By Jesse Marx
By Chris Parker
By Jake Rossen
By Jesse Marx
By Michelle LeBow
By Alleen Brown
By Maggie LaMaack
By CP Staff
Twin Cities residents have a cornucopia of grocery shopping options. There's SuperTarget for the suburban three-car family; Whole Foods for elite urbanistas; Byerly's for wealthy gray-hairs; Lunds for urban singles; Rainbow and Cub for the minivan-and-lunchbox set; Kowalski's for people who mix and match all of the above; and SuperValu for those unwashed enough to care about price.
But it's no longer sufficient to just eat your vegetables; now they have to be organic. Not Wal-Mart organic, either. Real organic, grown by hippies who have thought deeply about the relationships of the Hopi to a particular strain of corn. And delivered to market in a way that consumed no fossil fuels and created no toxic byproducts.
The weekly shopping run has become inextricably bound up with the modern shopper's identity. The choice is about money, certainly, but it's also about tribe. The store tells you who you are—and just as important—who you are not.
When Don Byerly opened his fifth store in 1980, people treated it like a curio, going there to gawk, not to buy. The Midwest was still the land of cube steaks and mashed potatoes (with cream and without peels), and the economy was decidedly lackluster. But while every other supermarket of the era leaned heavily on price, the St. Louis Park store was a study in opulence.
From the entry, shoppers gazed at an enormous chandelier dangling over rows upon rows of freezers. The aisles were carpeted so that footfalls made but a whisper. In an oceanic tank, huge lobsters clambered over one another. There was a gift shop selling crystal decanters, a sit-down restaurant, and an adjoining wine shop. At the cash registers, clerks unloaded customers' carts, then the bags were whisked away via an underground conveyor belt. Patrons drove into a bay on the north side of the store where a porter loaded the groceries into the car.
Don Byerly's timing and instincts were uncanny; the grocery industry was on the cusp of a revolution. The supermarket as institution was then 50 years old. Gone were the neighborhood grocer, the butcher, and the milkman. In their place were supermarket chains, differentiated not by geography but by demographic.
If it's hard to remember the days when coffee came only in cans, consider that Byerly's much-touted chandelier hung over tidy cartons of Häagen-Dazs, then a novelty. The first of the so-called "super-premium" ice creams to be marketed nationwide, Häagen-Dazs had just arrived in Minnesota, where the local population was eager to believe it was imported from Scandinavia, as the packaging implied, rather than being made by a Polish man in New Jersey.
The famous chandeliers were recently replaced. The new ones are round, shallow bowls of imitation alabaster. What was once elegant has become excessive. The cheese display would fill a two-car garage. There are tubes of fresh lemongrass from Australia minced into a paste. In the glass fishmonger's case are four kinds of crab, eight kinds of shrimp, and a kaleidoscopic assortment of finfish. The cooking classes haven't completely disappeared, but now they are taught by "FoodE experts"—a fancy name for the managers of various departments. For $10, student shoppers learn about locally made sheep cheese and the merits of bison steak.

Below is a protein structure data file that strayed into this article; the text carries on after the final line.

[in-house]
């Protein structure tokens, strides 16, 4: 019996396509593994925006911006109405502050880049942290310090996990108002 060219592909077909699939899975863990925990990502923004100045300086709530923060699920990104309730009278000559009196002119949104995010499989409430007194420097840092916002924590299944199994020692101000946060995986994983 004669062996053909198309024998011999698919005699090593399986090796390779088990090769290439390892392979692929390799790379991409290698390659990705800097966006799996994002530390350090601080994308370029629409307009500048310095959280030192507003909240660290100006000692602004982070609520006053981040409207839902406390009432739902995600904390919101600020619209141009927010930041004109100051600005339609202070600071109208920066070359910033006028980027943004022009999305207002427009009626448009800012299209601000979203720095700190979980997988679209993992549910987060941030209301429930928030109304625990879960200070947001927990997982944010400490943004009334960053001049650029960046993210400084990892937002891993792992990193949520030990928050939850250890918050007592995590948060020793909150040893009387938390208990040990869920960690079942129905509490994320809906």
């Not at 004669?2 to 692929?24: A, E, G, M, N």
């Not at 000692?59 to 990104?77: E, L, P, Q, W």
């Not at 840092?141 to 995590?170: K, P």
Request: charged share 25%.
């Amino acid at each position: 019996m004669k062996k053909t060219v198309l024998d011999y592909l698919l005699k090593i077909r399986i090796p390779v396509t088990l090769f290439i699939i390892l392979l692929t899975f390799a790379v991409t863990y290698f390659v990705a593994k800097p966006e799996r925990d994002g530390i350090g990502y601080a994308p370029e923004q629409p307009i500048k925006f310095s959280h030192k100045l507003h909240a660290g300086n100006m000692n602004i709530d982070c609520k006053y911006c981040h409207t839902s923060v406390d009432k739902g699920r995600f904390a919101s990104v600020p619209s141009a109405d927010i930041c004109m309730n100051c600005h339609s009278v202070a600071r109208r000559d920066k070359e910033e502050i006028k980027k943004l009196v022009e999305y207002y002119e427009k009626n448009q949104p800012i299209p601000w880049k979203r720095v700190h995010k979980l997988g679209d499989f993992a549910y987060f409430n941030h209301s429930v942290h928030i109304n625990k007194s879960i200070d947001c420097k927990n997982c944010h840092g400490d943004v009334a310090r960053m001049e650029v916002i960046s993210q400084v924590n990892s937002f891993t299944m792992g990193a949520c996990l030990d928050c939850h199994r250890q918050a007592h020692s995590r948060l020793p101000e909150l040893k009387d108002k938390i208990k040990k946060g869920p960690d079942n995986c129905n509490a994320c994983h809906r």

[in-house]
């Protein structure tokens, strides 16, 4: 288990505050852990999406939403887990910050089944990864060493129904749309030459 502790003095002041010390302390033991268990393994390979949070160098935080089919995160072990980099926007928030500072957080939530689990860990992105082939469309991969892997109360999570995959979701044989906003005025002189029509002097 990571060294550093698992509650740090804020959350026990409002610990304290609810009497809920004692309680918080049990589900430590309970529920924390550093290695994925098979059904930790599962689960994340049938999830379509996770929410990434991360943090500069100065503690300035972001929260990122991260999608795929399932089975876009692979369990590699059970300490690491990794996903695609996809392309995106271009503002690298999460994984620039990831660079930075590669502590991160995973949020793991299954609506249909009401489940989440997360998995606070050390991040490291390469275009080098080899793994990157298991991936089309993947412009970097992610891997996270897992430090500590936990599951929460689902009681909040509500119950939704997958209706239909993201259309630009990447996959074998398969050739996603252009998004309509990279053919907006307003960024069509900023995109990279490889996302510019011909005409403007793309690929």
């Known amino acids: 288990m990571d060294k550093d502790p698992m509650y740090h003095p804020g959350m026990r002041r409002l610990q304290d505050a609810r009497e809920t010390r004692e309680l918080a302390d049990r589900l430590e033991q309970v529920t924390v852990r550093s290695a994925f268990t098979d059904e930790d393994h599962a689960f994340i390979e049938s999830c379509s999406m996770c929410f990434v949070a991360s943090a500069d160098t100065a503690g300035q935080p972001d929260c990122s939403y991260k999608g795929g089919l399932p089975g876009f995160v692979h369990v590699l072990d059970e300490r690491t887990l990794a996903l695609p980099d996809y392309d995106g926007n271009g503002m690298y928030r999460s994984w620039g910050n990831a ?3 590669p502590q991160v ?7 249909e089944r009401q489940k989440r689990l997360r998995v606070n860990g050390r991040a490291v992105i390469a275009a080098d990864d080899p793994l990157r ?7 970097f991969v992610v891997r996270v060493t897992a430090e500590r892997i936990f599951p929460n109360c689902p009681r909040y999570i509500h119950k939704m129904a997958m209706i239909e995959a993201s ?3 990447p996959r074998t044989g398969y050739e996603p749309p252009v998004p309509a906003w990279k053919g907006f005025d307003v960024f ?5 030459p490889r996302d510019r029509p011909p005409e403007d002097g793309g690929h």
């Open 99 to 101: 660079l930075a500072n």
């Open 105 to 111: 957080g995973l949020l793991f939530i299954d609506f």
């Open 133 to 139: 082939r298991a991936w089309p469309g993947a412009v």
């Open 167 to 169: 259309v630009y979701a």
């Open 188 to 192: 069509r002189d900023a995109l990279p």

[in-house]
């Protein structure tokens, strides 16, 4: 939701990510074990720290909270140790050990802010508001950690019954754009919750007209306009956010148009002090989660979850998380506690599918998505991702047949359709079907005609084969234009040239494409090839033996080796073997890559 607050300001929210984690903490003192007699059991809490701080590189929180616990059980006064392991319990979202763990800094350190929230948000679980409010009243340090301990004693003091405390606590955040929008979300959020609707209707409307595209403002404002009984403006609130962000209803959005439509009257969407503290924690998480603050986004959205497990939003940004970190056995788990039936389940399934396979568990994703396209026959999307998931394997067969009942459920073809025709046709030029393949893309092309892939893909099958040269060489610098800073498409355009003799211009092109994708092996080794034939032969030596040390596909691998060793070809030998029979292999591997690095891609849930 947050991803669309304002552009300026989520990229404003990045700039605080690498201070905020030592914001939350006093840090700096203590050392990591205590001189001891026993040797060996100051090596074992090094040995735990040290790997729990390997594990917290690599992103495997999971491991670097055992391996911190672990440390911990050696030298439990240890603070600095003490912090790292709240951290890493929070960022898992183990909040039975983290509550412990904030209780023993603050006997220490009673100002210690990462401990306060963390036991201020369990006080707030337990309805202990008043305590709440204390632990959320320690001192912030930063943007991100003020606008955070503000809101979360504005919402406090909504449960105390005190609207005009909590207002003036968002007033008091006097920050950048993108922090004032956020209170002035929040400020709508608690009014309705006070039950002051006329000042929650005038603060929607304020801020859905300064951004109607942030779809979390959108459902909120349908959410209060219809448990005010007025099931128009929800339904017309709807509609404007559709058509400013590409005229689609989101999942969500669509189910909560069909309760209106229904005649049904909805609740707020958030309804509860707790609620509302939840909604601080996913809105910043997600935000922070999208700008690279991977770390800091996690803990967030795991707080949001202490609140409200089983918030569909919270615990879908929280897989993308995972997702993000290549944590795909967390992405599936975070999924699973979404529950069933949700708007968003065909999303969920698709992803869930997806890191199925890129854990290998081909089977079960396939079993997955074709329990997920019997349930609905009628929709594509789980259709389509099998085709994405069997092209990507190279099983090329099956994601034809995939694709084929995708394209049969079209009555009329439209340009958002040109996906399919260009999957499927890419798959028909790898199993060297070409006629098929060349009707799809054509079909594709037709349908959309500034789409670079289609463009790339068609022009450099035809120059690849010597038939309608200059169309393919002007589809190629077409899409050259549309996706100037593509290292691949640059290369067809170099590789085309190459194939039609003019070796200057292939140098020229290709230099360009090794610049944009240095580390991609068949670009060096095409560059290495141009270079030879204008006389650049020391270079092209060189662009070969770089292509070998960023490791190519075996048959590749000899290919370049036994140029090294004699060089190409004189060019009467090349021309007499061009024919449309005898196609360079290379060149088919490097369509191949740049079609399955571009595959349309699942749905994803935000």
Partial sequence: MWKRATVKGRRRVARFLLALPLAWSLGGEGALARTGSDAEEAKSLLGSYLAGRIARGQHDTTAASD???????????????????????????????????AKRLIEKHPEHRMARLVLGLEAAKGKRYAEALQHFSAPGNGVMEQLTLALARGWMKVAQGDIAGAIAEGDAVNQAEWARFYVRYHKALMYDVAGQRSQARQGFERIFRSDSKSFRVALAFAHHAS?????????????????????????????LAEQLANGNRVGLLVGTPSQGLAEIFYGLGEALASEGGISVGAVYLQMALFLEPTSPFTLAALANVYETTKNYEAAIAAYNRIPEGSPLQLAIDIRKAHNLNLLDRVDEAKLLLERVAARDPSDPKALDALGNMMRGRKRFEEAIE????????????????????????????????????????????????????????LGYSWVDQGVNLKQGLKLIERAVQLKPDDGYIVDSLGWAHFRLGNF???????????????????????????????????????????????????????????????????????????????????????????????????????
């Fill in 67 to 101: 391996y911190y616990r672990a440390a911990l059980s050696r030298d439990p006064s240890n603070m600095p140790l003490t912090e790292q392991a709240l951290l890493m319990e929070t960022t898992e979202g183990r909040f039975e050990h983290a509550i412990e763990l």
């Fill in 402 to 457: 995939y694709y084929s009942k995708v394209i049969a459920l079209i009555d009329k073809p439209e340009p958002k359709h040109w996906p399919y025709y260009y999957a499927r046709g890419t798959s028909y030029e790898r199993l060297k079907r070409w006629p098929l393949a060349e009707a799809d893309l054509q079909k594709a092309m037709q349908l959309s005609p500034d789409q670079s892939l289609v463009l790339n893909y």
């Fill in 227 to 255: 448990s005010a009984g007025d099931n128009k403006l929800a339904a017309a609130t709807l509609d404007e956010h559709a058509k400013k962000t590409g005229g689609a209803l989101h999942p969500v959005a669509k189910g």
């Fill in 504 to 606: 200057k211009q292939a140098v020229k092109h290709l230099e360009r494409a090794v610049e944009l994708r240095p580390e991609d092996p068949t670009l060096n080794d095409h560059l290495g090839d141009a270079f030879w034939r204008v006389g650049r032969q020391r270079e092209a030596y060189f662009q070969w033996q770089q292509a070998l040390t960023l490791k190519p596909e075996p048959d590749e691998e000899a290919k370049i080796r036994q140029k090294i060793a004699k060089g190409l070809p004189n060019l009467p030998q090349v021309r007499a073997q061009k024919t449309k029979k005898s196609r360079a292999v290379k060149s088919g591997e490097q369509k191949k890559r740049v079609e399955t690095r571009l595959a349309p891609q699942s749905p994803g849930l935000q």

"With tangible luxuries no longer atop the pyramid, intangibles like service and experiences now dominate," the Food Marketing Institute noted in a recent report on industry trends. "The mainstreaming of affluence means big opportunities ahead."
Twelve hundred miles south, the same economic forces propelled a man named John Mackay and some friends to start the Austin, Texas, food co-op that would eventually spawn the Whole Foods chain.
Mackay didn't make it long as a hippie, however, quickly abandoning the communitarian ethos in favor of a New Age blend of libertarianism and capitalism. Mackay's blog gives props to Adam Smith, Ayn Rand, and Milton Friedman for helping him see the light. And see it he did: Whole Foods' revenues grew 19 percent in fiscal year 2006, to $5.6 billion.
Stepping into a Whole Foods feels like entering a temple of sumptuous purity. Huge signs explain the company's commitment not to sell foods containing artificial preservatives, colors, flavors, sweeteners, and hydrogenated fats. Other advertisements offer mini-profiles of the artisans who grew the mushrooms or cultured the cheese. Customers are invited to sample imported, exotic salts.
Whole Foods controls its image by controlling its inventory. It's as if one dented orange box of Gain laundry detergent would cause the entire artifice to topple. Instead of Pillsbury and Minute Maid, the lower-end items on the shelves are econo brands, known in the trade as "private labels." Whole Foods' "Whole Paycheck" nickname notwithstanding, these are reasonably priced and targeted at the aspirational segment of the middle class.
But as it turns out, the signs in Whole Foods don't tell the whole story. Many of the organic products on the store's blond wooden shelves are in fact produced by big agribusiness.
In his book The Omnivore's Dilemma: A Natural History of Four Meals, Michael Pollan traced the sources of four very different meals. One, consumed in a car with his son, was from McDonald's. Another consisted of a chicken he'd seen butchered by the small farmer who raised it, and another of a roast cut from a boar Pollan himself had shot.